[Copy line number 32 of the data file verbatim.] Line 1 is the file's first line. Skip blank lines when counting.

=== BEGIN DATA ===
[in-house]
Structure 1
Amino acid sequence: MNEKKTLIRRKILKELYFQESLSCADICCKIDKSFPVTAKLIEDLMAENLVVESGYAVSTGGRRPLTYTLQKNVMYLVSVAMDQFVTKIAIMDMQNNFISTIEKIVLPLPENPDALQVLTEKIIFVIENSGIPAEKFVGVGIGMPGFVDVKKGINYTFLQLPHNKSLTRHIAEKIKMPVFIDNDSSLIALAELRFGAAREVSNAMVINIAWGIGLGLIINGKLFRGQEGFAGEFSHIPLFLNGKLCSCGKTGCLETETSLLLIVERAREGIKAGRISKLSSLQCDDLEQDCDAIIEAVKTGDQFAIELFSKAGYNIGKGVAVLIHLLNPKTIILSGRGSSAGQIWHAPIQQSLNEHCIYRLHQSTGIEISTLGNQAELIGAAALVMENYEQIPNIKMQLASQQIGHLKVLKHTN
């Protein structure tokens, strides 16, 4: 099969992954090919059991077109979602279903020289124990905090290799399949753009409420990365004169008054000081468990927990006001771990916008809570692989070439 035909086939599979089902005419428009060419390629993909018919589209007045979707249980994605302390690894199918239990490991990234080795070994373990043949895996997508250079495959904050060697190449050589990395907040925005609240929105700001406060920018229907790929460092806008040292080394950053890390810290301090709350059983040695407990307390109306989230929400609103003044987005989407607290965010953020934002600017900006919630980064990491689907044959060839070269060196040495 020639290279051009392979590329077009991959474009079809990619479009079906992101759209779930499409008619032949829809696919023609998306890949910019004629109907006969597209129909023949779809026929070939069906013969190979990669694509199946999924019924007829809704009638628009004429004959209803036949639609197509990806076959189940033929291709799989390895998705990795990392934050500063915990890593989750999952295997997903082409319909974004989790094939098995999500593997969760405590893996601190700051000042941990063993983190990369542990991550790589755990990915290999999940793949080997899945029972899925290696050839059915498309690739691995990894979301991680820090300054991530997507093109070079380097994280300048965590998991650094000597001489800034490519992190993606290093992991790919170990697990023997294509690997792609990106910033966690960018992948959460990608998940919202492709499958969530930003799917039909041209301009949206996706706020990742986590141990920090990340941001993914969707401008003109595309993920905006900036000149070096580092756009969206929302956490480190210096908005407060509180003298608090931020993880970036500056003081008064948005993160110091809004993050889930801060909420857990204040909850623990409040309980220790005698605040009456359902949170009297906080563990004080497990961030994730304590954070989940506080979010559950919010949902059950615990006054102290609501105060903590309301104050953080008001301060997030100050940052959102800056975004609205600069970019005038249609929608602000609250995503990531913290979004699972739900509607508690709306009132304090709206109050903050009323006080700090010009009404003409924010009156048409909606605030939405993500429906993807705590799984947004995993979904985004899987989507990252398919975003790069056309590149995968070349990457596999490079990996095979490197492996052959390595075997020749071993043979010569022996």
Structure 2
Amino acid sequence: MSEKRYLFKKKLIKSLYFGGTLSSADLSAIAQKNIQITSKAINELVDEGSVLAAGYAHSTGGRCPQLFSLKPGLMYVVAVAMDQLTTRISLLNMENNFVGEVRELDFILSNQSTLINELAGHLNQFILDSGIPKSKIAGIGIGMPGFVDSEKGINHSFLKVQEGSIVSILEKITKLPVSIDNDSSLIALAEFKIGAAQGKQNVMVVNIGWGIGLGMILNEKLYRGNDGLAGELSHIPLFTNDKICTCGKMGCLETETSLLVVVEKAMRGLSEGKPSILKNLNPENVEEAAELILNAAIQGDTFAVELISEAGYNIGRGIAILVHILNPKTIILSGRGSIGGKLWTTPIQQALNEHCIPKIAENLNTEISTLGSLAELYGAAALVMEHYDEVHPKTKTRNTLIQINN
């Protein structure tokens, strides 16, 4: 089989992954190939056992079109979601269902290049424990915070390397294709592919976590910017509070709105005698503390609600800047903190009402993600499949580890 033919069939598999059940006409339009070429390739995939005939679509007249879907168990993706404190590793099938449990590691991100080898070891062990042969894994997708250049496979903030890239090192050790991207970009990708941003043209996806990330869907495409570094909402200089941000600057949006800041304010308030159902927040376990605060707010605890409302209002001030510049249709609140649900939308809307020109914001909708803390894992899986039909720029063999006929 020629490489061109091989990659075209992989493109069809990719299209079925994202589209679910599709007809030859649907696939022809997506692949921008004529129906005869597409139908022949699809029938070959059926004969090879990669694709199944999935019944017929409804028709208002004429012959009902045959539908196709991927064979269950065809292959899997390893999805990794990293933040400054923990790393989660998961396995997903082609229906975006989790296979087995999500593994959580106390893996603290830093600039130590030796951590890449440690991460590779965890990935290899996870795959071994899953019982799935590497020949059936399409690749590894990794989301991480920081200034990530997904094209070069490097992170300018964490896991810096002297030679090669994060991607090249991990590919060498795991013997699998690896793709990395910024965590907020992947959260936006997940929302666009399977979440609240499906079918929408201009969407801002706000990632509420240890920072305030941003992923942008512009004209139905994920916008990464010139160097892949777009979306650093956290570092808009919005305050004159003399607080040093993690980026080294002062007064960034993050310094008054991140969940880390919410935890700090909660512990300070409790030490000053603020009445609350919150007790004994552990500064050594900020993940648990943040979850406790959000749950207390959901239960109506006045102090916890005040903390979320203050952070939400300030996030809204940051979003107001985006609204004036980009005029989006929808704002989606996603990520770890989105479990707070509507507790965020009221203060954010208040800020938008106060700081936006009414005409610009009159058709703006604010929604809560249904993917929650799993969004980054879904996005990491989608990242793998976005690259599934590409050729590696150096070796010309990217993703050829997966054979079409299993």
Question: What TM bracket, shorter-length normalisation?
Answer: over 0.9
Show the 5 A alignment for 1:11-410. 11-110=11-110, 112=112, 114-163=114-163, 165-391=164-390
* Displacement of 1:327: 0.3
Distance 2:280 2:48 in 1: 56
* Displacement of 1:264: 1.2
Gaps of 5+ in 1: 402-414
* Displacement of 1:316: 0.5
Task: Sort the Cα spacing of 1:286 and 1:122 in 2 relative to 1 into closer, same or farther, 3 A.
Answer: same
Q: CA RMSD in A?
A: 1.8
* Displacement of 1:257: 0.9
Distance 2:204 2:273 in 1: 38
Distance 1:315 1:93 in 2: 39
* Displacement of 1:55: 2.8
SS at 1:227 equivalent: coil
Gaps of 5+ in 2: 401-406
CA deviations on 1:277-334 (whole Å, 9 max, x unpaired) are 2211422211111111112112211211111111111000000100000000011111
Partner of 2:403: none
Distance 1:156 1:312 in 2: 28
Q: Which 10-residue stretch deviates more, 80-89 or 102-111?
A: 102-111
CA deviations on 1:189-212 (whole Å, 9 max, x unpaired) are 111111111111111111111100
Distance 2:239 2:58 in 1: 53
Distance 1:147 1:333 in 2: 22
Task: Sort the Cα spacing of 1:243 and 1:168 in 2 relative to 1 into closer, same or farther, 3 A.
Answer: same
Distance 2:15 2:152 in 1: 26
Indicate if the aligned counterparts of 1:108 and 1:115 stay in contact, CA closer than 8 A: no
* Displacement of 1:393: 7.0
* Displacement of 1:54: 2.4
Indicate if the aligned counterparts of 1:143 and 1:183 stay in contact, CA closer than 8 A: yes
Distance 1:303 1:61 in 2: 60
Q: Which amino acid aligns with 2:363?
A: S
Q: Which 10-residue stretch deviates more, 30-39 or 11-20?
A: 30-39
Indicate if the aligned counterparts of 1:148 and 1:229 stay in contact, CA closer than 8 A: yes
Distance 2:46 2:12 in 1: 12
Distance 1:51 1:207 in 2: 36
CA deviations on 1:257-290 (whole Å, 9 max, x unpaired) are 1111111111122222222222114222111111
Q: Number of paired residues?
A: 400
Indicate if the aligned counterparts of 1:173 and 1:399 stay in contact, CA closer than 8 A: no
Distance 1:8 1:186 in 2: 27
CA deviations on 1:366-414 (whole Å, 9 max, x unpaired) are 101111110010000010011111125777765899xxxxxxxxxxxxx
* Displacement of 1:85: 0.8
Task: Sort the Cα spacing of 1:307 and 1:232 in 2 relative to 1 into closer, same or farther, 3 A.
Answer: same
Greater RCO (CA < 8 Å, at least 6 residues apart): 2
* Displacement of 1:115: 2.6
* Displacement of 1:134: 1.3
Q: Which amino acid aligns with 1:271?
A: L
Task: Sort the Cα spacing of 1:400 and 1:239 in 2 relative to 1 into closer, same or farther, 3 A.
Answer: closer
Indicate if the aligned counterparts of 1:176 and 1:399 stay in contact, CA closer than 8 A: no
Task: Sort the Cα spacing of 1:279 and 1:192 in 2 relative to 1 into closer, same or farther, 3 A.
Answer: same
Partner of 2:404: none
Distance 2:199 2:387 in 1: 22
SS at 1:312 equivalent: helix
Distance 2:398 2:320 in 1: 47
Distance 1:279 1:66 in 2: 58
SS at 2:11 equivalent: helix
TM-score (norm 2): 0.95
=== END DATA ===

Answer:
Distance 2:239 2:58 in 1: 53